Culture of Misconduct in the Kansas US Attorney’s Office

The recording scandal does not represent an isolated example of misconduct or simple misunderstanding about ethical doctrine. Indeed, as the court put it, “the USAO’s pattern of similar misconduct in other cases is relevant to the Court’s determination of witness credibility on the issue of access to the recordings.” Judge Robinson was familiar with the misconduct committed by Terra Morehead, who threatened that she would make trouble for a witness if he testified on behalf of another defendant in a different case. Although the remedy Judge Robinson provided to the defendant in that particular case was overturned, the findings pertaining to the prosecutor’s misconduct remain. Morehead’s behavior over the years is sufficient to raise questions about what was going on in the office.

There is also some suggestion that prosecutors in the Kansas US Attorney’s office took similarly unethical approaches to the disclosure of other types of evidence. Judge Robinson wrote that “[i]n fact, this narrow definition of ‘use’ governed prosecutors’ disclosure of other types of discovery, including Brady and Giglio materials.” That’s another way of saying that the Kansas AUSAs likely violated their disclosure duties on a regular basis.

It is not entirely clear whether all of the prosecutorial misconduct that has been uncovered in Kansas is the product of intentional deceit. Another possible explanation is stupidity. Plain bad lawyering could explain how, with respect to the recording scandal, “this unilateral determination that the recorded calls were conditioned on a knowing waiver of attorney-client confidentiality was made without factual support or accurate legal analysis.” Whatever the cause—bad intent, ineptitude, or some combination— the cover-up efforts after the fact are damning of the office’s culture.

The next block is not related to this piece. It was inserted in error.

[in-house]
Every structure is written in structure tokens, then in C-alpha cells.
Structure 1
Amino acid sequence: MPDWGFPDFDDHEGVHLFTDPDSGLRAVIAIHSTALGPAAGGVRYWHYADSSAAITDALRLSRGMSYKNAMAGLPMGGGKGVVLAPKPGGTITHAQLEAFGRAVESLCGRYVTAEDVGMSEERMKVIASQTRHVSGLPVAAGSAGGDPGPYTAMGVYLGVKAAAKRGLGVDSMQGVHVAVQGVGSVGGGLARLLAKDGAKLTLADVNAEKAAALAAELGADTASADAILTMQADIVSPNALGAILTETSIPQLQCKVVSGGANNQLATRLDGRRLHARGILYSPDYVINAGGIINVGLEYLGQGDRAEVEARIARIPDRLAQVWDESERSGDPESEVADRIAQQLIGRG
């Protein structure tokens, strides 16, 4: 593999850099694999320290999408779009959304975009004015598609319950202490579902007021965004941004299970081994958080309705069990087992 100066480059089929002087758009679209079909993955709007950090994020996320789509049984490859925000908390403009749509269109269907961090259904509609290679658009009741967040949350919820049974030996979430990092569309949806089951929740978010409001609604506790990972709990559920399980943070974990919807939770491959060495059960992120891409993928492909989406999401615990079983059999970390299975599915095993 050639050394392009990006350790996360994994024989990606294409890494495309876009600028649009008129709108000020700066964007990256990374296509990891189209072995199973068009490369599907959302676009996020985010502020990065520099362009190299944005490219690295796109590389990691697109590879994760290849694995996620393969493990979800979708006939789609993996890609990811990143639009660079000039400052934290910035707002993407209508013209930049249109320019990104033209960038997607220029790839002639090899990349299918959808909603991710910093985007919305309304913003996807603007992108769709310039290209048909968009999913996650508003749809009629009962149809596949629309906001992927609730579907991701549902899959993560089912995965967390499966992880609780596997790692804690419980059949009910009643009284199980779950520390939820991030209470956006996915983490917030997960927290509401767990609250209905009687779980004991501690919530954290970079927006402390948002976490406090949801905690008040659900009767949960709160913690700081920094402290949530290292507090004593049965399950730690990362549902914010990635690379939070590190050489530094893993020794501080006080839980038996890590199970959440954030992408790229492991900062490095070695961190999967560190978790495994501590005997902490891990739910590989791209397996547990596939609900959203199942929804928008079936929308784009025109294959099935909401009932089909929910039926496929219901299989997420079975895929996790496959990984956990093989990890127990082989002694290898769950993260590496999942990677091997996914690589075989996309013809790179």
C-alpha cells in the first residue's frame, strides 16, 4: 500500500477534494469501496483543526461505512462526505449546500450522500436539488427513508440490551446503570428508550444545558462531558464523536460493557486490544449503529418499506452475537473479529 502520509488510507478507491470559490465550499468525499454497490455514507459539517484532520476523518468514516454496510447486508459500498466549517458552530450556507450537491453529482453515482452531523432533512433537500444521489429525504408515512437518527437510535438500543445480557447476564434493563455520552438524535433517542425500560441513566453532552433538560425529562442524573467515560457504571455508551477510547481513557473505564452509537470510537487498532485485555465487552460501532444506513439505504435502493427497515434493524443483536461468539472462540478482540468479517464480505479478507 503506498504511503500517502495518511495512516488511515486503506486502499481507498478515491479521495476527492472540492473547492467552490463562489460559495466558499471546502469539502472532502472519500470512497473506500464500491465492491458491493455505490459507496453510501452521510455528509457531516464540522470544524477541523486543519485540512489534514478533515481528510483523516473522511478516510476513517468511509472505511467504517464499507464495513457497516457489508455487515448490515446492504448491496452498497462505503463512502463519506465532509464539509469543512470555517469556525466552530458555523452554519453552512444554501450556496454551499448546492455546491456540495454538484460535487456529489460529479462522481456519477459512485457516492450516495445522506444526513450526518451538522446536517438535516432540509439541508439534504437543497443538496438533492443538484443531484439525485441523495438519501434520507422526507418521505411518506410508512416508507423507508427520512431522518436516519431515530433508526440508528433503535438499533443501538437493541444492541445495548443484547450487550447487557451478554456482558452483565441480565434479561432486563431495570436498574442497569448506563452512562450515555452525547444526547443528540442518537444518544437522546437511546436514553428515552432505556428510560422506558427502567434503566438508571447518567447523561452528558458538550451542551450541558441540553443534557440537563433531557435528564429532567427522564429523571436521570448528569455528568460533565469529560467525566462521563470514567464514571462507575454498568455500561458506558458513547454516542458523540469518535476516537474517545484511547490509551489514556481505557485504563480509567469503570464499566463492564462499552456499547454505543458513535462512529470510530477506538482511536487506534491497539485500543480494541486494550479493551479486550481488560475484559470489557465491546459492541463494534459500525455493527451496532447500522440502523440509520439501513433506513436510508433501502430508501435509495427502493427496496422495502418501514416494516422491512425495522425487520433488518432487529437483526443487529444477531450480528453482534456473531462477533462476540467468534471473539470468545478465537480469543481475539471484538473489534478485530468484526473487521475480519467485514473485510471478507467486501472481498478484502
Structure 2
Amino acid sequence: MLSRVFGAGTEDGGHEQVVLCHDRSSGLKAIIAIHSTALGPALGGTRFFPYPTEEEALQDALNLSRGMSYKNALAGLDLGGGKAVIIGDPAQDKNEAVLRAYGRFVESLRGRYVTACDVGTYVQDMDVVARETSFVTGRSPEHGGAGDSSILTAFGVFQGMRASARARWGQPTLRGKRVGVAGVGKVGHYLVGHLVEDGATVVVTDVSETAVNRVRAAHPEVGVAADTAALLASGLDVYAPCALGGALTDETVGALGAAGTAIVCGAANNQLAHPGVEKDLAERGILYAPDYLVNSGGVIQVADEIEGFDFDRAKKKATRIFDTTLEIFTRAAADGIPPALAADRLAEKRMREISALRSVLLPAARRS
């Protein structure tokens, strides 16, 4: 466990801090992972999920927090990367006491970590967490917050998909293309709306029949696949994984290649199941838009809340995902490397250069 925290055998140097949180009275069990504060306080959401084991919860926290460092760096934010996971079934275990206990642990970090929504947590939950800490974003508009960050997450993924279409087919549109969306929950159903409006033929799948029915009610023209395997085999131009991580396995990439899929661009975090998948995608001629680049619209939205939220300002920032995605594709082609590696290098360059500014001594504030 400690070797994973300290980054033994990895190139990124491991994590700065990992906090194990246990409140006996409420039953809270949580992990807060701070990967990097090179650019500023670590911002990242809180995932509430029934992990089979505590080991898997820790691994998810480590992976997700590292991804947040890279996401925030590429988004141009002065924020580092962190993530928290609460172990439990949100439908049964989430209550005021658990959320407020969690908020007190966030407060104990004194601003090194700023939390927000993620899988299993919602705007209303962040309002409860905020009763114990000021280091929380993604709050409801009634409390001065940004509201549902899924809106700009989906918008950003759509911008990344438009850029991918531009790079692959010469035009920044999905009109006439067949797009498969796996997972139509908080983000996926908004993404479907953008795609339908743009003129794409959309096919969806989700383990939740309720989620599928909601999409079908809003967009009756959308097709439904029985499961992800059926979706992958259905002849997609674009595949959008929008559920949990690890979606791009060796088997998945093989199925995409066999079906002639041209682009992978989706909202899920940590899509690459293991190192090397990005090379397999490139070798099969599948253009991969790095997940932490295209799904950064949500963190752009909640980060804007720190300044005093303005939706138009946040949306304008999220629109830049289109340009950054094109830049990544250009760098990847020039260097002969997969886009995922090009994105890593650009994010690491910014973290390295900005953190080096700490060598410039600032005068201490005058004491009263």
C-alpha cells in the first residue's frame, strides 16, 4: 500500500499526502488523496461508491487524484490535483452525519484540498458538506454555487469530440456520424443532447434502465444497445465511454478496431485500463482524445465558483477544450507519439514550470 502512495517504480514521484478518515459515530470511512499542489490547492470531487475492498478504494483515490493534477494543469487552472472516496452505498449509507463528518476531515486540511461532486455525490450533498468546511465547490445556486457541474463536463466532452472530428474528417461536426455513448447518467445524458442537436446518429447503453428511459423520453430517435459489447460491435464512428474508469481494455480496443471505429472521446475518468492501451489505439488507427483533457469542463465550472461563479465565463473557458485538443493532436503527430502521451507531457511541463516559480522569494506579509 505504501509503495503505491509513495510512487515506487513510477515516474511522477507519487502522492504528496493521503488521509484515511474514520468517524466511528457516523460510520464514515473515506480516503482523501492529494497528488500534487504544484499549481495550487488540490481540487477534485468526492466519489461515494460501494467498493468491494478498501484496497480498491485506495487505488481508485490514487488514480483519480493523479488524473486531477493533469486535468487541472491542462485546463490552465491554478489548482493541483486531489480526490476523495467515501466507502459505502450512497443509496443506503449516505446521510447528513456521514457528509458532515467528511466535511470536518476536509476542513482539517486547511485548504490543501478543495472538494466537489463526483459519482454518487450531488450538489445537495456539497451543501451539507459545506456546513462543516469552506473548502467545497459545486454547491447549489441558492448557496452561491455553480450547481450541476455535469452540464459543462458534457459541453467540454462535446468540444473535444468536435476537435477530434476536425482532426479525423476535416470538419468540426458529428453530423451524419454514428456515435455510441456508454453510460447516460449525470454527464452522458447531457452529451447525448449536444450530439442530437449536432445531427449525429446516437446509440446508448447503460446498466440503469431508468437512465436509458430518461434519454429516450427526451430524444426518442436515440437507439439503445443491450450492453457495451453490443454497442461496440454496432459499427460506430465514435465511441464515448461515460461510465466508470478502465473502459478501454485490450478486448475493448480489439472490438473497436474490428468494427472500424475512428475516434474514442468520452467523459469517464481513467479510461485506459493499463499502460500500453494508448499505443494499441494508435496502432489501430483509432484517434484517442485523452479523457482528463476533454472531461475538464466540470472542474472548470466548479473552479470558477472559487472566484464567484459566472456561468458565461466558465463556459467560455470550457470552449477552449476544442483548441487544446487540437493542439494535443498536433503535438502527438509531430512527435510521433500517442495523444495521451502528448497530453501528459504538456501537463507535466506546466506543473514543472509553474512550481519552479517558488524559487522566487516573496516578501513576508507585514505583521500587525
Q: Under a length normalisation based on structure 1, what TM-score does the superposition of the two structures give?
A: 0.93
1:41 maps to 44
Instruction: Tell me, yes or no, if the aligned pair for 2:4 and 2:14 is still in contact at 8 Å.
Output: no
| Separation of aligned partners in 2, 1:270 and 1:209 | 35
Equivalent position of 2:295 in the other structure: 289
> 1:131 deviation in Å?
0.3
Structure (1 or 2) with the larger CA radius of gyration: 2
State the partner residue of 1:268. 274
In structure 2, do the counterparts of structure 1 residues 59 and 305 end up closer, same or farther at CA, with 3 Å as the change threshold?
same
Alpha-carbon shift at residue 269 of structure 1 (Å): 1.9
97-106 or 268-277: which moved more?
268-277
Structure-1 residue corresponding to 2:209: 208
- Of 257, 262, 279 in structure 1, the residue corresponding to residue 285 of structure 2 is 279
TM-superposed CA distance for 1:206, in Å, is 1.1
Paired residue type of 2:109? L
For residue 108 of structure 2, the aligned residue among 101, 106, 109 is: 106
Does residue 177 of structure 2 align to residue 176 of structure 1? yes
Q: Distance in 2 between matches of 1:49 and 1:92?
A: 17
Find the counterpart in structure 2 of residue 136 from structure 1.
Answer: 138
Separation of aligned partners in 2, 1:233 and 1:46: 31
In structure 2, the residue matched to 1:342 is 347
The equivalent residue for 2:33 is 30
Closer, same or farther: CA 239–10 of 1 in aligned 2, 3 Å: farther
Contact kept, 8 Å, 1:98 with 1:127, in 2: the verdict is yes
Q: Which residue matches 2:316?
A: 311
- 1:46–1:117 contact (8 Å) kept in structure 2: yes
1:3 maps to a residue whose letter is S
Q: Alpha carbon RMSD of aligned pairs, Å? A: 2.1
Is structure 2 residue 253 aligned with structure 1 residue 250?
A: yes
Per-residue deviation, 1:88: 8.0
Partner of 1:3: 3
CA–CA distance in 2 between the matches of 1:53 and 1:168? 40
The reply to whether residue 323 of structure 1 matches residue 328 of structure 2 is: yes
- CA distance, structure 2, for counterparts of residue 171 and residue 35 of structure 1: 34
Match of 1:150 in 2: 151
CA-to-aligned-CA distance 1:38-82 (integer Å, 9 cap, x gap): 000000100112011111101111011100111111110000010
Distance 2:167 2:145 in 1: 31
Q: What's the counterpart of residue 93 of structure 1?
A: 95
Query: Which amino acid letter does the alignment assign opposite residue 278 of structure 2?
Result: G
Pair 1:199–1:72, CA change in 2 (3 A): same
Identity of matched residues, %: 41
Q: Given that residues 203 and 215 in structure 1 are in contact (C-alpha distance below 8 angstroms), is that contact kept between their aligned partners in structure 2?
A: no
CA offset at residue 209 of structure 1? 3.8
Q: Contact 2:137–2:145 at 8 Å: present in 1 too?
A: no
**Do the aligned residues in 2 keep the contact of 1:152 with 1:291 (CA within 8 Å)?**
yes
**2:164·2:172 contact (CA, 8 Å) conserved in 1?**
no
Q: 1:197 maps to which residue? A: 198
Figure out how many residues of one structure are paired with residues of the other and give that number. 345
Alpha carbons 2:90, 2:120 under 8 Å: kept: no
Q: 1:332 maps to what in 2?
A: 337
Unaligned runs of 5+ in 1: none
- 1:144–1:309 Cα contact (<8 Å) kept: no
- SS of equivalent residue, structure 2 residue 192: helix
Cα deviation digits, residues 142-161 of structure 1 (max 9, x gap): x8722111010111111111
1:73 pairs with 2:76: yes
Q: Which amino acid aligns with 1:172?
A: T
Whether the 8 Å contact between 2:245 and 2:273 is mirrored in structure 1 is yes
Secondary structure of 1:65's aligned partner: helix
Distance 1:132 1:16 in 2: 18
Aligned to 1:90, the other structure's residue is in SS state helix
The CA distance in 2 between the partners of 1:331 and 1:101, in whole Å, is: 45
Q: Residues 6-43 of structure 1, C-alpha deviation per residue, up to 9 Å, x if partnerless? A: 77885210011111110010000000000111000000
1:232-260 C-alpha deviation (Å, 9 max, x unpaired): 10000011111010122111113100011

Barry Grissom, who was the US Attorney during much of the relevant time period, is now coming under scrutiny. He recently announced that he is running for Senate as a member of the Democratic party. In light of this recent ruling, difficult questions will follow him, and could derail his campaign. 

The current US Attorney, Stephen McAllister, also has some big decisions to make. It will be interesting to see whether his office takes an appeal and challenges Judge Robinson’s careful findings. An appeal is likely to add more fuel to the court’s observation that the office is obstructing at every turn. A change in approach—even acceptance of some responsibility—may be the smart move. The only way to turn a ship around is to actually turn the ship around. Now is as good a time as any to restore some semblance of respectability to the office. McAllister also faces very big personnel questions. If he seeks to meaningfully change the undignified culture that the court identified, he ought to replace those prosecutors who readily engaged in and covered-up the misconduct.

What now?

We end with a simple observation: this case is a big deal. While aspects of it remind us of other smaller cases—like a recent one in Delaware in which prosecutors took attorney-client information out of a defendant’s prison cell—it bears a more striking resemblance to the massive scandals that have rocked Orange County and the Attorney General in Massachusetts in recent years. As in those cases, the judiciary appears reluctant to adopt a global remedy. But, if the prosecution continues to mislead, delay, and frustrate, the US Attorney’s office may lose more than just face. Credibility matters. In Kansas, federal prosecutors have almost none of it left.